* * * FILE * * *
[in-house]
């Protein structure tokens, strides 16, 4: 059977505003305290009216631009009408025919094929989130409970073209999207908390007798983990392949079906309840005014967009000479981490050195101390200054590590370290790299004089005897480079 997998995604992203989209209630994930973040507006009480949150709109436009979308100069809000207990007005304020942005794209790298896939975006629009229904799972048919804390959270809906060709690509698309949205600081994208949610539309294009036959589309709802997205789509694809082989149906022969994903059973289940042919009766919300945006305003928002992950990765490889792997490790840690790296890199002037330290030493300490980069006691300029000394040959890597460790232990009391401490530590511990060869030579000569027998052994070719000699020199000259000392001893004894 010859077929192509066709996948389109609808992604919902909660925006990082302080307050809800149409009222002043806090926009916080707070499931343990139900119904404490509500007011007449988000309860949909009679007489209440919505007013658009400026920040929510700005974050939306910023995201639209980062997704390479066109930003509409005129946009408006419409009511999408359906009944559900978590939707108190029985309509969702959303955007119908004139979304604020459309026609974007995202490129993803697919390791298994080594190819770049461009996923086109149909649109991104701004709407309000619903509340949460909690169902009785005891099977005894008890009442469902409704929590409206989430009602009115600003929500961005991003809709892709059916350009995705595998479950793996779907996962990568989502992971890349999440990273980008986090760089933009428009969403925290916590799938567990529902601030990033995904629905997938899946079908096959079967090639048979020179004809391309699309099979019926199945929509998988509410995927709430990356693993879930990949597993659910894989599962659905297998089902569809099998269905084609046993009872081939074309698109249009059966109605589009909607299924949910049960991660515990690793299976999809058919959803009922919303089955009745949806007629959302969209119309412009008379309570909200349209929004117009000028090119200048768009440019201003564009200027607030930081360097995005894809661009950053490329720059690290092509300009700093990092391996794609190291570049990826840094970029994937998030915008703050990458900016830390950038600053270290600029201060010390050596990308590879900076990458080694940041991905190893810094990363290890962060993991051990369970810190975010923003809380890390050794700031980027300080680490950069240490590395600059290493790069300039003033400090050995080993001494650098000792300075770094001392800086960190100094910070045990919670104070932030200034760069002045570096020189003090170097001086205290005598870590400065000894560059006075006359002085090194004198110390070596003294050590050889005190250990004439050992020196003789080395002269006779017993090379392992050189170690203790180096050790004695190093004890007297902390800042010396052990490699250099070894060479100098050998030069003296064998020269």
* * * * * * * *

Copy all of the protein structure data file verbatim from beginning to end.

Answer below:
[in-house]
């Protein structure tokens, strides 16, 4: 059977505003305290009216631009009408025919094929989130409970073209999207908390007798983990392949079906309840005014967009000479981490050195101390200054590590370290790299004089005897480079 997998995604992203989209209630994930973040507006009480949150709109436009979308100069809000207990007005304020942005794209790298896939975006629009229904799972048919804390959270809906060709690509698309949205600081994208949610539309294009036959589309709802997205789509694809082989149906022969994903059973289940042919009766919300945006305003928002992950990765490889792997490790840690790296890199002037330290030493300490980069006691300029000394040959890597460790232990009391401490530590511990060869030579000569027998052994070719000699020199000259000392001893004894 010859077929192509066709996948389109609808992604919902909660925006990082302080307050809800149409009222002043806090926009916080707070499931343990139900119904404490509500007011007449988000309860949909009679007489209440919505007013658009400026920040929510700005974050939306910023995201639209980062997704390479066109930003509409005129946009408006419409009511999408359906009944559900978590939707108190029985309509969702959303955007119908004139979304604020459309026609974007995202490129993803697919390791298994080594190819770049461009996923086109149909649109991104701004709407309000619903509340949460909690169902009785005891099977005894008890009442469902409704929590409206989430009602009115600003929500961005991003809709892709059916350009995705595998479950793996779907996962990568989502992971890349999440990273980008986090760089933009428009969403925290916590799938567990529902601030990033995904629905997938899946079908096959079967090639048979020179004809391309699309099979019926199945929509998988509410995927709430990356693993879930990949597993659910894989599962659905297998089902569809099998269905084609046993009872081939074309698109249009059966109605589009909607299924949910049960991660515990690793299976999809058919959803009922919303089955009745949806007629959302969209119309412009008379309570909200349209929004117009000028090119200048768009440019201003564009200027607030930081360097995005894809661009950053490329720059690290092509300009700093990092391996794609190291570049990826840094970029994937998030915008703050990458900016830390950038600053270290600029201060010390050596990308590879900076990458080694940041991905190893810094990363290890962060993991051990369970810190975010923003809380890390050794700031980027300080680490950069240490590395600059290493790069300039003033400090050995080993001494650098000792300075770094001392800086960190100094910070045990919670104070932030200034760069002045570096020189003090170097001086205290005598870590400065000894560059006075006359002085090194004198110390070596003294050590050889005190250990004439050992020196003789080395002269006779017993090379392992050189170690203790180096050790004695190093004890007297902390800042010396052990490699250099070894060479100098050998030069003296064998020269």